Nancy Rapport encounters powerful moments with students nearly every day. As a school counselor at Jones Middle School, Rapport has 18 years of experience helping students navigate the pitfalls of adolescence.
“I started out as a classroom teacher,” Rapport recalls. “I just found that I was one of those teachers who was always able to develop very strong relationships with my students, and they would seek me out to talk with them.”
Rapport first felt the calling to serve as a school counselor during her third year of teaching. In the beginning of that year, one of her students passed away, sending waves of grief through the school community. Rapport worked with a large group of students, their parents, and a psychologist to help them through the grieving process.
“In the course of doing all of that, it just occurred to me that it was the kind of work I wanted to be doing – being a support person rather than a teacher,” Rapport said.
It was then that Rapport decided to return to school and earn a master’s degree in school counseling at the University of Dayton. Rapport’s program helped her gain an understanding of the theories behind individual and group counseling techniques, and working with students with special needs.
Qualities of effective school counselors
The following are just a few of the ways school counselors can help their students:
- Advocates for student success
- Collaborates with parents, guardians, teachers, and community members to enact student solutions
- Understanding of developmental theory, learning theory, and counseling theories
- Believes every student can learn and succeed
- Understanding of solution-focused counseling, reality therapy, cognitive-behavioral therapy
- Facilitates individual student planning
- Helps students establish goals and use planning skills
Source: The American School Counselor Association
During her program, Rapport engaged in counseling sessions where her techniques and solutions were recorded. Then, with her graduate class, she would listen and analyze her responses and get feedback on her performance from her fellow classmates.
“It makes you feel a little bit vulnerable when you have people listening to your work and giving you that kind of feedback, but it was very helpful and powerful,” she said.
By learning to listen for specific problems or concerns that someone in need is communicating, Rapport gained a better understanding of how to treat her middle school students.
Middle school students are in the midst of great change. Many of them are transitioning to their teenage years, and require Rapport’s help to ease the process. Rapport says she typically focuses on individual counseling, providing quick and brief solution-focused meetings with them, hoping to erase some of the struggles they have that interfere with their school work.
“Most important, it’s just sitting back and listening and helping the kids to re-frame what they’re seeing,” Rapport said. “Adolescents in particular tend to magnify every little thing. What you want to do is try to help them come to their own solutions by using some questioning and listening skills without offering [the solution] to them.”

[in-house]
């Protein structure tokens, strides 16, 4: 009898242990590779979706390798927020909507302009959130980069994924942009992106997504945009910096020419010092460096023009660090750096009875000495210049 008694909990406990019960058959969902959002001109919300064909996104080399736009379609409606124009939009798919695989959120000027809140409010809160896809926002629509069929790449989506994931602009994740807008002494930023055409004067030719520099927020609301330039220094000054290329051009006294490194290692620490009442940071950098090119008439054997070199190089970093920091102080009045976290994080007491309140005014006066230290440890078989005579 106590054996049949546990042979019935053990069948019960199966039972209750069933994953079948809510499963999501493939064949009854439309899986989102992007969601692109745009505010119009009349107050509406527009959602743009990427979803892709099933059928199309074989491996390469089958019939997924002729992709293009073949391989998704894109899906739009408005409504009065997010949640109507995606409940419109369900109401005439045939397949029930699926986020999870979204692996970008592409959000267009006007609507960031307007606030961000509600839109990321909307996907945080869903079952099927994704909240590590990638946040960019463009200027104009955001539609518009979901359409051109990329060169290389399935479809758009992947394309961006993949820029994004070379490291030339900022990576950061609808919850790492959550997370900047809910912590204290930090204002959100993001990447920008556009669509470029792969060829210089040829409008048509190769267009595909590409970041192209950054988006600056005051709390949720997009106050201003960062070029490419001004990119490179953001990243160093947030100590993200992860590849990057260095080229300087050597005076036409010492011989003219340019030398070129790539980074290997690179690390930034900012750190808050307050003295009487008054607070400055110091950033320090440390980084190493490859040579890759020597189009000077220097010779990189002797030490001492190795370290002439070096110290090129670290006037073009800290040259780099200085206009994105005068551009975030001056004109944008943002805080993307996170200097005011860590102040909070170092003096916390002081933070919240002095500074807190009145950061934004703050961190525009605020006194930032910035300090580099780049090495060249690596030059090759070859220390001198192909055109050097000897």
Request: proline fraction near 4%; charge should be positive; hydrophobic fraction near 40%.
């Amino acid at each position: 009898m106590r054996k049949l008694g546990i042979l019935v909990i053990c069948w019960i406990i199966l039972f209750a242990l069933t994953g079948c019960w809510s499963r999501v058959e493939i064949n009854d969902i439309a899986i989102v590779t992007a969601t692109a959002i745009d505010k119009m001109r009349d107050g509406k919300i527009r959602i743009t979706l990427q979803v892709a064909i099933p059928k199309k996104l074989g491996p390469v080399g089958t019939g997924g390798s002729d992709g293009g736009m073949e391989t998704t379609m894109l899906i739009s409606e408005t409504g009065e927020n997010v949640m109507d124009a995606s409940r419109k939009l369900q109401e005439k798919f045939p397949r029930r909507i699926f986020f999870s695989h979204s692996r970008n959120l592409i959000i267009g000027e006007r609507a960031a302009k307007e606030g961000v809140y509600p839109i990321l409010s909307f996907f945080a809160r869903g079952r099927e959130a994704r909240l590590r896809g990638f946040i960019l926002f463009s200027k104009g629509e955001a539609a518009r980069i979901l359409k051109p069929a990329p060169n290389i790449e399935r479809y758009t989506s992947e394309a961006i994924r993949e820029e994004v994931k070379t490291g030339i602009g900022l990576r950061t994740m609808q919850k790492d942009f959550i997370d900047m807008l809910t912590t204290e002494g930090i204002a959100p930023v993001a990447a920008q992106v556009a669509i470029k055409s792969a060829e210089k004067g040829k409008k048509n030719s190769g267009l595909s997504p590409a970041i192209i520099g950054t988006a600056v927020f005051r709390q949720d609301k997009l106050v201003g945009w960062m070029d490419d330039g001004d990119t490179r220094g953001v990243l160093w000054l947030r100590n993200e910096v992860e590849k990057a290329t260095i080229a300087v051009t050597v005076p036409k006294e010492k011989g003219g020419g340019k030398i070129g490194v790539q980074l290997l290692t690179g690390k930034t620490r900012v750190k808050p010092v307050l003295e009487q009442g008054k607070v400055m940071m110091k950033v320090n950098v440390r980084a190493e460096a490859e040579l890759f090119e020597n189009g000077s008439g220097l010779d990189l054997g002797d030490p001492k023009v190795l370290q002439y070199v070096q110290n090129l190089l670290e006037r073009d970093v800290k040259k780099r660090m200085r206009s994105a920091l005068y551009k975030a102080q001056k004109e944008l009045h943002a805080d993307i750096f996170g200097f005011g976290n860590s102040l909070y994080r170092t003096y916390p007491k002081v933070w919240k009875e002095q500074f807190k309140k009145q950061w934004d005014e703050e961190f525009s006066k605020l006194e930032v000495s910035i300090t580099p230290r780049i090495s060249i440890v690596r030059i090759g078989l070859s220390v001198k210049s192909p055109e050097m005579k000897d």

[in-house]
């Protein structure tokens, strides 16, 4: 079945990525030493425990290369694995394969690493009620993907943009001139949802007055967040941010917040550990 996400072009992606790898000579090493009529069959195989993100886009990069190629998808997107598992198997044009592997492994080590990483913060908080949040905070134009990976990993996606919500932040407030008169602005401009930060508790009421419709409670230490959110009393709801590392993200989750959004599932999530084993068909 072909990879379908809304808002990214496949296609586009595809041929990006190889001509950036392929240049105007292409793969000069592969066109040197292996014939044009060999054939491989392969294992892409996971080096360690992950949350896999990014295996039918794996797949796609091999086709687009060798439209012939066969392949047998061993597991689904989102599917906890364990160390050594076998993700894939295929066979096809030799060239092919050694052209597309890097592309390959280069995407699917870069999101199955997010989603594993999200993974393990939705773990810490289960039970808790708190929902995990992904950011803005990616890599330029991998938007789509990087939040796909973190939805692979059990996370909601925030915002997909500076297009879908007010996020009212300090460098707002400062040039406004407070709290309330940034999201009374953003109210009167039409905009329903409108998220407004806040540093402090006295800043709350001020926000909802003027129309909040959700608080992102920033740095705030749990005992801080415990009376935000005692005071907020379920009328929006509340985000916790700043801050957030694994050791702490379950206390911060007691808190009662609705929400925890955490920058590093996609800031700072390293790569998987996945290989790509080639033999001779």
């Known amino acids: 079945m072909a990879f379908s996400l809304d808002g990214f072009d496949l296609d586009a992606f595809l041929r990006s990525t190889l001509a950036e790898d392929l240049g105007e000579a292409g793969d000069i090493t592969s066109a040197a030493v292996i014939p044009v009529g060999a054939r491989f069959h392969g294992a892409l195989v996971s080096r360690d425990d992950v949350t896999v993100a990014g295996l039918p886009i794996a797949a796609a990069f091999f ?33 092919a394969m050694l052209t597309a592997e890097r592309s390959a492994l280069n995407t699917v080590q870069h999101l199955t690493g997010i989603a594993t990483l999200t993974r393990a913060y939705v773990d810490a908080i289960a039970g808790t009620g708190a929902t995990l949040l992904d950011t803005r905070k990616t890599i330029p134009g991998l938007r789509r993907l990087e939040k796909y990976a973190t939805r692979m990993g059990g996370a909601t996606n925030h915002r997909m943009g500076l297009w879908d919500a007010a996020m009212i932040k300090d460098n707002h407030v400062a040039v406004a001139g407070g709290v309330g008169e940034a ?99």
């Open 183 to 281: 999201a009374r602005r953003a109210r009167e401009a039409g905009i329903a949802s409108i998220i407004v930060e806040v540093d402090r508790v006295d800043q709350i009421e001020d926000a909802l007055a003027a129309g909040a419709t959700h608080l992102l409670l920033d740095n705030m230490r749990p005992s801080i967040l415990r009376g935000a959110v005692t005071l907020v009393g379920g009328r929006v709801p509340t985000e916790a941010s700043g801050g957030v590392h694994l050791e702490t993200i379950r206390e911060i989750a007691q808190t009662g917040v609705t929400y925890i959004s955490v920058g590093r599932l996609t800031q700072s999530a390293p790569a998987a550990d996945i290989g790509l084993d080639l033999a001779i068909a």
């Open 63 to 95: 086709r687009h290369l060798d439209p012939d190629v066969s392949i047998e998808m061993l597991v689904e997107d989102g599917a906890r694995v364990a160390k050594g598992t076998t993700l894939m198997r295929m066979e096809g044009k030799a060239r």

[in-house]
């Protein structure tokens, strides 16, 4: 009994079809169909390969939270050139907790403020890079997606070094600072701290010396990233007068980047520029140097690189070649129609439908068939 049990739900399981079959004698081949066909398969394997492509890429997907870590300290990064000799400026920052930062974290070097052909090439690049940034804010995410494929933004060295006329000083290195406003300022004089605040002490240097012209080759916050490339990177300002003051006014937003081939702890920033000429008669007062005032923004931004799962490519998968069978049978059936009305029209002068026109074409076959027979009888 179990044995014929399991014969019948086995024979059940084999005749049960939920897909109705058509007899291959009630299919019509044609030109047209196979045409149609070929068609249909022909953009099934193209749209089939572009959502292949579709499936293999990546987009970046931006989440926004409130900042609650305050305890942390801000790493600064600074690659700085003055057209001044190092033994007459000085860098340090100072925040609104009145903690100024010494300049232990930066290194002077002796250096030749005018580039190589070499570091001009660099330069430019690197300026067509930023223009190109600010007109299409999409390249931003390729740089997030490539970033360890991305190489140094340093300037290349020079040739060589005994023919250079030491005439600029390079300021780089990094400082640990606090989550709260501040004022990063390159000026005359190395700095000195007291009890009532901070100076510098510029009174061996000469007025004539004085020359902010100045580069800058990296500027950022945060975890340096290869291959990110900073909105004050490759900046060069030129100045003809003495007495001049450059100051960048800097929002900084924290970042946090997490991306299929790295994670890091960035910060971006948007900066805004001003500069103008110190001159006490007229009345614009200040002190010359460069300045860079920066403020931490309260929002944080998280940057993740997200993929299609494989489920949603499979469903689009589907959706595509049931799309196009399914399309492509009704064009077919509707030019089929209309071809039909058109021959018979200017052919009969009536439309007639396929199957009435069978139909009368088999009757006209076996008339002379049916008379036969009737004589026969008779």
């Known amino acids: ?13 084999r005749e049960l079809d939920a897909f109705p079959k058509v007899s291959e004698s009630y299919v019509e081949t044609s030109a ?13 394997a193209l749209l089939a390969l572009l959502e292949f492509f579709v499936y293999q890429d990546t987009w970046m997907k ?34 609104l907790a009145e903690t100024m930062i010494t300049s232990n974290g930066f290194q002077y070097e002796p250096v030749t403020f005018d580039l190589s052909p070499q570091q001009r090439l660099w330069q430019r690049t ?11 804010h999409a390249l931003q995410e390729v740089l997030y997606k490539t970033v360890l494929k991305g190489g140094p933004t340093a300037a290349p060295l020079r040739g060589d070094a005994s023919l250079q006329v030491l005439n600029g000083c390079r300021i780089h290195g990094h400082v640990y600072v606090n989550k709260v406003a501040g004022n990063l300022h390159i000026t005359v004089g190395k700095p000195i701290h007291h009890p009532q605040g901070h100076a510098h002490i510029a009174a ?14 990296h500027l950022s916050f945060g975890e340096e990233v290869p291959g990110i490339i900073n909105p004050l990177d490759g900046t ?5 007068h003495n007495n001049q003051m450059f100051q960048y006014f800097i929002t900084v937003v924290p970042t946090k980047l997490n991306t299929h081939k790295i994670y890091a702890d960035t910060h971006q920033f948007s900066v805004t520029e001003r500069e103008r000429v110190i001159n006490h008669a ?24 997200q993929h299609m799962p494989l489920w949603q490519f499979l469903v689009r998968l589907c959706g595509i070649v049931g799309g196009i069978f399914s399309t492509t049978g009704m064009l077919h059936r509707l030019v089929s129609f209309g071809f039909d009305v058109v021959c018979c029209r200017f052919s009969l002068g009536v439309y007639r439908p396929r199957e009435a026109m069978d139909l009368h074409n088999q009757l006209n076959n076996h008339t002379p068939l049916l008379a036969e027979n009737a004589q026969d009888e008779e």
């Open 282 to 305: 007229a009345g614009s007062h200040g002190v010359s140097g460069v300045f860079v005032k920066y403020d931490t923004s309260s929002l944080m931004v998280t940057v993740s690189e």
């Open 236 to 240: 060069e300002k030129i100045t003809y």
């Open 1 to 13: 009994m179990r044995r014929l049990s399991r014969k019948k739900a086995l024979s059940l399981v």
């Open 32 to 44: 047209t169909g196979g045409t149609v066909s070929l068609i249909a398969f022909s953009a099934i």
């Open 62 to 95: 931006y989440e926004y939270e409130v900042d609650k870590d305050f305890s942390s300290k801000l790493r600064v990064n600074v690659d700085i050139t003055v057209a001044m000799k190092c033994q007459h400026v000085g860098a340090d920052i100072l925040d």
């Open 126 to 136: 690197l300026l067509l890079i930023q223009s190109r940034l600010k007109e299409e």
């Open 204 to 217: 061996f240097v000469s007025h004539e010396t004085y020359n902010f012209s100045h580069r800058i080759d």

Rapport says allowing the students to reach their own conclusions helps to instill confidence in them, and gives them valuable problem-solving skills. Sometimes, Rapport is just there to help facilitate the process.
“Sometimes, frankly, they just need to sit, vent, and get it out and they feel better and that’s it,” she said. “It’s just kind of really paying attention to what the need is, and knowing the student. I’m really, really lucky in my job in that I get to work with the same group of kids for three years.”
Today’s middle school students face different challenges growing up than their parents did. With the advent of more widely spread technology and the Internet, Rapport says her students face an entirely new world of pressures and concerns than other generations.
“Kids are really different now than they were when I first started my master’s degree,” she said. “We didn’t have the Internet yet, we didn’t have cell phones yet, we didn’t have Facebook, we just didn’t have that stuff. So things sort of change dramatically as the world changes.
In order to work with students through some of these new changes, Rapport has needed to listen to their problems from a new perspective, responding differently, and taking into account their need for social networking.
“With texting and with tweeting and Facebook and everything else, it’s a whole new set of social skill training that needs to be done, because kids say and do pretty hideous and thoughtless things when they’re not face-to-face,” she said. “Kids will post things on each others walls that are just nasty and make comments about other kids’ pictures.”
Rapport stresses the need for counselors to constantly be bettering themselves to address changes in the lives of students. Recently, she finished post-graduate study at the Gestalt Institute, gaining even more background in counseling theory and putting them to use. In the future, she wants to continue her studies and focus on death and grieving counseling.
Unfortunately, one of the realities of Rapport’s job is addressing deaths in the community. Whether that be a student, a parent, or a teacher, Rapport must help people through the grieving process, providing support to students and family members.
By providing that support, Rapport has witnessed her students rising above their problems and challenges, taking charge of their lives, and going on to become successful young adults.
“You know, hard times are hard and struggles are challenging, and sometimes I think it’s hard to estimate the power of your time and the power of your attention and the power of your support, because sometimes you do all of that and things still don’t seem great,” she said. “But the attention and support that you give to a student or a family is very, very meaningful.”